30 Days of Zumo.v2 (Azure Mobile Apps): Day 10 – Middleware

I’ve covered the basics of table controllers in the last two posts, covering both per-table configuration and per-operation configuration. Today I’m going to talk about extensibility and middleware. Middleware is a fairly basic concept – it provides a capability of inserting custom code into the HTTP request/response pipeline. Express has a whole section on middleware and pretty much all Express modules are written as middleware. Here is a template:

function myMiddleware(request, response, next) {
    // Do something with request

    // Return something with response or next

    next();  // Call the next middleware
}

app.use(myMiddleware);

Azure Mobile Apps is written as a set of middleware, but it’s been constructed to be interchangable. Let’s look at a sample service. Here is the app.js:

var app = require('express')(),
    mobile = require('azure-mobile-apps')();

app.use(function (req, res, next) {
  console.log('express.use - azureMobile = ', typeof req.azureMobile !== 'undefined');
  return next();
});

zumo.use(function (req, res, next) {
  console.log('zumo.use - azureMobile = ', typeof req.azureMobile !== 'undefined');
  return next();
});

zumo.tables.import('./tables');
zumo.tables.initialize().then(() => {
  app.use(zumo);
  app.listen(3000);
});

And my sample table:

var table = require('azure-mobile-apps').table();

table.use(function (req, res, next) {
  console.log('table.use: azureMobile = ', typeof req.azureMobile !== 'undefined');
  return next();
}, table.operation);

table.read(function (context) {
  console.log('tableop: azureMobile = ', typeof context.req.azureMobile !== 'undefined');
  return context.execute();
});

module.exports = table;

If you run this locally and do a GET of the /tables/todoitem endpoint, you will see the following console output:

express.use - azureMobile = false
zumo.use - azureMobile = true
table.use: azureMobile = true
tableop: azureMobile = true

This gives you a very clear indication of what is available and the most appropriate place to add code. As an example, let’s say the majority of your code depends on the email address being available. For example, you are doing the personal table. You may want to add the email address to the user object. You can easily do this with a zumo.use middleware. Add a file authMiddleware.js with the following contents:

var authCache = {};

function authMiddleware(request, response, next) {
  if (typeof request.azureMobile.user.id !== 'undefined') {
    if (typeof authCache[request.azureMobile.user.id] !== 'undefined') {
      request.azureMobile.user.emailaddress = authCache[request.azureMobile.user.id];
      next();
    }
    request.azureMobile.user.getIdentity().then(function (userInfo) {
      if (typeof userInfo.aad.claims.emailaddress !== 'undefined') {
        authCache[request.azureMobile.user.id] = userInfo.aad.claims.emailaddress;
        request.azureMobile.user.emailaddress = authCache[request.azureMobile.user.id];
      }
      next();
    });
  } else {
    next();
  }
}

module.exports = authMiddleware;

This code does some primitive caching of the result from getIdentity(), but otherwise pulls out the email address just like I did in the Personal Table article. Instead of just using it, though, it puts it in the context for use later.

What’s this request.azureMobile? It’s the context and has all the same properties that I discussed in the table operations article.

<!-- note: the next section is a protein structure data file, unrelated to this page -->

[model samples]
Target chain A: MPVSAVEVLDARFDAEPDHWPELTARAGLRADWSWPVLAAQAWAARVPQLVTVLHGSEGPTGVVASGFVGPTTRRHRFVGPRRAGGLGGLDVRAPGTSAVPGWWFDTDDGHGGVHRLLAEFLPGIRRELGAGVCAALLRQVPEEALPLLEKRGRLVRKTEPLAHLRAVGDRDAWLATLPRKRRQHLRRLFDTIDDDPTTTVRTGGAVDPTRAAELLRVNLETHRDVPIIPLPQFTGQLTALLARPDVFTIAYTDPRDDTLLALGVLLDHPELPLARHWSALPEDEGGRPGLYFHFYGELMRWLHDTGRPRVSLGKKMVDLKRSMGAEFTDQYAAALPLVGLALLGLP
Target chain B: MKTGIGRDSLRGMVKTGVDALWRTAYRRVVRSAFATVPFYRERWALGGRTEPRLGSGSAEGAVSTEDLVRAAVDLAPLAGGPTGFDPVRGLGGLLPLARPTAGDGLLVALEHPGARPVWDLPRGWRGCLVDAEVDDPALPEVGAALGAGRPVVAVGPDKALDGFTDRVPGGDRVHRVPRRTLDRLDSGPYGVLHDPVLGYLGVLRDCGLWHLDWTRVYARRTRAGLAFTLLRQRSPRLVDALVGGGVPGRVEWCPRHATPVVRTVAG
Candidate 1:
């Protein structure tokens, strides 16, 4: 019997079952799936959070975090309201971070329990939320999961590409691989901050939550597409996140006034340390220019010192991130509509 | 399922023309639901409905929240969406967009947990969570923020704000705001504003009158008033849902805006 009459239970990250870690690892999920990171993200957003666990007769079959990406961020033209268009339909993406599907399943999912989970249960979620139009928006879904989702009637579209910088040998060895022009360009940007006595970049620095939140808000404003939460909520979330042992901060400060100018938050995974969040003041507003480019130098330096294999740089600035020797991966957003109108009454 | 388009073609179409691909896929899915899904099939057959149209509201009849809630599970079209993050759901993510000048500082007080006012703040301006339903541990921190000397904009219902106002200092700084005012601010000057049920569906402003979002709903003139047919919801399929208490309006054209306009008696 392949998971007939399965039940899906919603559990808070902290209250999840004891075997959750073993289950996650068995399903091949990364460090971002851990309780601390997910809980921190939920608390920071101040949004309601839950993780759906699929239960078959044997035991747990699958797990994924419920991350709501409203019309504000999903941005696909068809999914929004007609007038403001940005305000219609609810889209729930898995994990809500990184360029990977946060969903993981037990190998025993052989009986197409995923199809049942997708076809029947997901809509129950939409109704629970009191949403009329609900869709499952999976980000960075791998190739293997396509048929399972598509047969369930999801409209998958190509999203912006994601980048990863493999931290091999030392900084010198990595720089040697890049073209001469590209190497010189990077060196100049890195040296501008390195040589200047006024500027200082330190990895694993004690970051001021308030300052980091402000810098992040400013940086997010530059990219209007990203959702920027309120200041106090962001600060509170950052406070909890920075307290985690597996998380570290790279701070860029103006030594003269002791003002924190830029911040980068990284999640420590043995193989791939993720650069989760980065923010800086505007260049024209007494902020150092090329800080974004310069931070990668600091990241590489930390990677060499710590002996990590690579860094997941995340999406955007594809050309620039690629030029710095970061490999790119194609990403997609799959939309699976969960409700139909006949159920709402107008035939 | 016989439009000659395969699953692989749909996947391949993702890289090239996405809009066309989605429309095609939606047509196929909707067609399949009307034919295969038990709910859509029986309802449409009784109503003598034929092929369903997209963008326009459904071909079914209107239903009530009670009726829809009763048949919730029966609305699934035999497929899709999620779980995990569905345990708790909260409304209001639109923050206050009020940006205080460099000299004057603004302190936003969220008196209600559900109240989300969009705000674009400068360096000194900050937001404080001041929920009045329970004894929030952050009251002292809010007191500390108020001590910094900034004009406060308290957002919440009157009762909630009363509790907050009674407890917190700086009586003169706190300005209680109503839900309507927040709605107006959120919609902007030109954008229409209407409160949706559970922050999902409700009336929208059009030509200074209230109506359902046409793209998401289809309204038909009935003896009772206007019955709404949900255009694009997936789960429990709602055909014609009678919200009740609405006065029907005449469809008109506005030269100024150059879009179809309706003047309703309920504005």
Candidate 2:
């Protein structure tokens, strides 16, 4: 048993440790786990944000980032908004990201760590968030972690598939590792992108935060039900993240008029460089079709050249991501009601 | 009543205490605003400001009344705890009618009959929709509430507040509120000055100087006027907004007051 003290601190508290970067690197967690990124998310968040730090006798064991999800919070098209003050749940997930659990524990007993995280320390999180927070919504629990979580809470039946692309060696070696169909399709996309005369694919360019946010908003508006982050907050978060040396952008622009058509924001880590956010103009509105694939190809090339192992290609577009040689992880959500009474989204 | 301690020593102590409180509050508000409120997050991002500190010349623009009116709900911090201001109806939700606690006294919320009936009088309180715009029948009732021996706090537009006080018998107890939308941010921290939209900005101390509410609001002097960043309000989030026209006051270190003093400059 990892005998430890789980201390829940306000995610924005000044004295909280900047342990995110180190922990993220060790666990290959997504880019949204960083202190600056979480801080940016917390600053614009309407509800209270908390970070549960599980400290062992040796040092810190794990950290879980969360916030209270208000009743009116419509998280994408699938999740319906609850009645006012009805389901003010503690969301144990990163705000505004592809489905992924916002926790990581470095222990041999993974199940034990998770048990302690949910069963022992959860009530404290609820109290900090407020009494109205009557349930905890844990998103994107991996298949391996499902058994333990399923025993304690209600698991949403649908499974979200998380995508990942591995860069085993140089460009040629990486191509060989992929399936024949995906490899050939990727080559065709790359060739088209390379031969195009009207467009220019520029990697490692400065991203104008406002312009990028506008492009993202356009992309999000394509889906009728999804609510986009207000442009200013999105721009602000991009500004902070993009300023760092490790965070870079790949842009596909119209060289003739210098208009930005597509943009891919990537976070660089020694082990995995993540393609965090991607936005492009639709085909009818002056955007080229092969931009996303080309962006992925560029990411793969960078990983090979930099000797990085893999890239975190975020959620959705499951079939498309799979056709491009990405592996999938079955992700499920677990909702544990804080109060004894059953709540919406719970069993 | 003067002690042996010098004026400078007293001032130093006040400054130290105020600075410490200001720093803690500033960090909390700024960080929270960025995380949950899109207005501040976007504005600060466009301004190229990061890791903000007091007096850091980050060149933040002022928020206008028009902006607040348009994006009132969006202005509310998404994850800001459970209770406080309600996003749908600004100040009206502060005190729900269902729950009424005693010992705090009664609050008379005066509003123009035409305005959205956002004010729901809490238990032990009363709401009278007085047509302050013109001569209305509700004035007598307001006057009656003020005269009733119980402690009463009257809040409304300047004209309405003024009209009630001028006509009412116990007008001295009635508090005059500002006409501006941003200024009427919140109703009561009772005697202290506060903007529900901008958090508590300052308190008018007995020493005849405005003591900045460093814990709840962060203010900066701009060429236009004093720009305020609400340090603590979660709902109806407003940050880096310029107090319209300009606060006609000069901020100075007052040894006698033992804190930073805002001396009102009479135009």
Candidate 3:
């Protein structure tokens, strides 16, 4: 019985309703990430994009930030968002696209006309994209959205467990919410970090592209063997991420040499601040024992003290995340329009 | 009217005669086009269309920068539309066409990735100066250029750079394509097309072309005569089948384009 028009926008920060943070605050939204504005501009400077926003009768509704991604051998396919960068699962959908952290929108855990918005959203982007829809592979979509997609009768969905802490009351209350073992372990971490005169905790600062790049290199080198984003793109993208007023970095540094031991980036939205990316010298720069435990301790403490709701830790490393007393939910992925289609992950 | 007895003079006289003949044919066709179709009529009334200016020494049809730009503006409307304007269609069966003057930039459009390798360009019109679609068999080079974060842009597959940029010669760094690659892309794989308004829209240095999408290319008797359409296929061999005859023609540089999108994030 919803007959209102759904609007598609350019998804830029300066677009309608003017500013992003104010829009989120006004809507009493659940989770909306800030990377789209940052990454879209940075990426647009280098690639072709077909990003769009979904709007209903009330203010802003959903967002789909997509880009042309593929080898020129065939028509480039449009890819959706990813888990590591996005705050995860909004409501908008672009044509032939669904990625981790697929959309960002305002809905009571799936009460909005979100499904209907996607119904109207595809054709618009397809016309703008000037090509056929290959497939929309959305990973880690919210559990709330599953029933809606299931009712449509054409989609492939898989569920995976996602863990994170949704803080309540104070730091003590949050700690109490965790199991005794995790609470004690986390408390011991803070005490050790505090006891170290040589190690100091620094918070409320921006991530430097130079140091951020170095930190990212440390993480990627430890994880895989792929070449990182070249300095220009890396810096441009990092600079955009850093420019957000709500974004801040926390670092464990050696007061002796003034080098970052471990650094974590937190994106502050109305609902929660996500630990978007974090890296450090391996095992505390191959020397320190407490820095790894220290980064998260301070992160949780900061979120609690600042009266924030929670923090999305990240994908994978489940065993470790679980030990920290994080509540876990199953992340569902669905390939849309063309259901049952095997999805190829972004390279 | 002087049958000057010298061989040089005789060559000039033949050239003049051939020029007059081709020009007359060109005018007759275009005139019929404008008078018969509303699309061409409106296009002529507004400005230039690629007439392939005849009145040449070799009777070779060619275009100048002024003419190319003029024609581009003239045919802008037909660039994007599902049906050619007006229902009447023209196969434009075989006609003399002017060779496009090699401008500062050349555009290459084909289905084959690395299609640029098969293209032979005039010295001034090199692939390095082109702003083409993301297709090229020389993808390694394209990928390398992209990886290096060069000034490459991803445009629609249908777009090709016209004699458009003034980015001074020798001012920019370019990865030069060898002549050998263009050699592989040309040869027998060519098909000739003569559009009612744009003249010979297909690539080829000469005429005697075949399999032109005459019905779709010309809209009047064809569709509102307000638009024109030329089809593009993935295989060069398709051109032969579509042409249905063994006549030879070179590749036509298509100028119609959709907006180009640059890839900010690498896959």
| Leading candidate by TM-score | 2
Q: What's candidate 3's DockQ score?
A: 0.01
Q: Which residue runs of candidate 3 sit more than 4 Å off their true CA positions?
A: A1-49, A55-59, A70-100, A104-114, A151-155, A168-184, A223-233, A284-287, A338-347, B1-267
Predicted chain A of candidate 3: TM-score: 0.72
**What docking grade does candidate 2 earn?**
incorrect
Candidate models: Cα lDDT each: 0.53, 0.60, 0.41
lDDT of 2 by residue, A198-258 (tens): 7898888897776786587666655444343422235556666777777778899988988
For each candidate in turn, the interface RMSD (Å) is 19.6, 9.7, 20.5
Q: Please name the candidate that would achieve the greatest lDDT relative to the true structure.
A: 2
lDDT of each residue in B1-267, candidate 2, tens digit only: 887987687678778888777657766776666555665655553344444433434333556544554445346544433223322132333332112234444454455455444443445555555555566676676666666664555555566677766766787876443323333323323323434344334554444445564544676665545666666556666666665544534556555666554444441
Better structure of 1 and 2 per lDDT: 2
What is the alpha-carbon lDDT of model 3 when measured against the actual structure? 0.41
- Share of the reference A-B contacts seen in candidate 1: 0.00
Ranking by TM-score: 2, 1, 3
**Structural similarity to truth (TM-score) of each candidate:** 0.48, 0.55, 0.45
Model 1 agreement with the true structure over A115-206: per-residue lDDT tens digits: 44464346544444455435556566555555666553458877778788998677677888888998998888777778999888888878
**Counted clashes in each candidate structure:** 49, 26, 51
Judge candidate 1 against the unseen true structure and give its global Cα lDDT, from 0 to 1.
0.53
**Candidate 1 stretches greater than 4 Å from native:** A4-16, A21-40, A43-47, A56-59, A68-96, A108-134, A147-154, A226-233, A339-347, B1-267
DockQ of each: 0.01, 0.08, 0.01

Now that I have my auth middleware written, I can use this to adjust my original personal table. Firstly, I need to link it into the app.js:

var express = require('express'),
    serveStatic = require('serve-static'),
    azureMobileApps = require('azure-mobile-apps'),
    authMiddleware = require('./authMiddleware');

// Set up a standard Express app
var app = express();
var mobileApp = azureMobileApps({
    homePage: true,
    swagger: true
});

mobileApp.use(authMiddleware);
mobileApp.tables.import('./tables');
mobileApp.api.import('./api');

I can now adjust my table controller to make it much more simple:

var azureMobileApps = require('azure-mobile-apps');

// Create a new table definition
var table = azureMobileApps.table();

// Require authentication
table.access = 'authenticated';

// CREATE operation
table.insert(function (context) {
  context.item.userId = context.user.emailaddress;
  return context.execute();
});

// READ operation
table.read(function (context) {
  context.query.where({ userId: context.user.emailaddress });
  return context.execute();
});

// UPDATE operation
table.update(function (context) {
  context.query.where({ userId: context.user.emailaddress });
  context.item.userId = context.user.emailaddress;
  return context.execute();
});

// DELETE operation
table.delete(function (context) {
  context.query.where({ userId: context.user.emailaddress });
  return context.execute();
});

module.exports = table;

Note that I’m not using getIdentity() any more. For reference, here is what my read method used to look like:

table.read(function (context) {
    return context.user.getIdentity().then(function (userInfo) {
        context.query.where({ userId: userInfo.aad.claims.emailaddress });
        return context.execute();
    });
});

I’ve isolated my getIdentity() call into the middleware so that the email address is available everywhere.

Doing Some Authorization

You can also do some basic authorization using the same technique. For example (assuming the list is small), you can configure Azure AD to provide the list of groups in a claim. Here is how to do it. To configure AAD to produce the groups as claims:

  1. Log onto the Azure Portal and go to your Azure AD Configuration.
  2. Click on Manage Manifest (at the bottom of the page), then Download Manifest – this will download a JSON file.
  3. Edit the downloaded file with a JSON editor (I use Atom)
  4. Set the “groupMembershipClaims” value to “SecurityGroup”

    day-10-p1

  5. Save the file and upload it by using Manage Manifest -> Upload Manifest

  6. Click on the APPLICATIONS tab
  7. Click on your Web Application (not the Native Client)
  8. Scroll to the bottom under “permissions to other applications”
  9. Click on the Delegated Permissions and check the box next to “Read directory data”

    day-10-p2

  10. Click on Save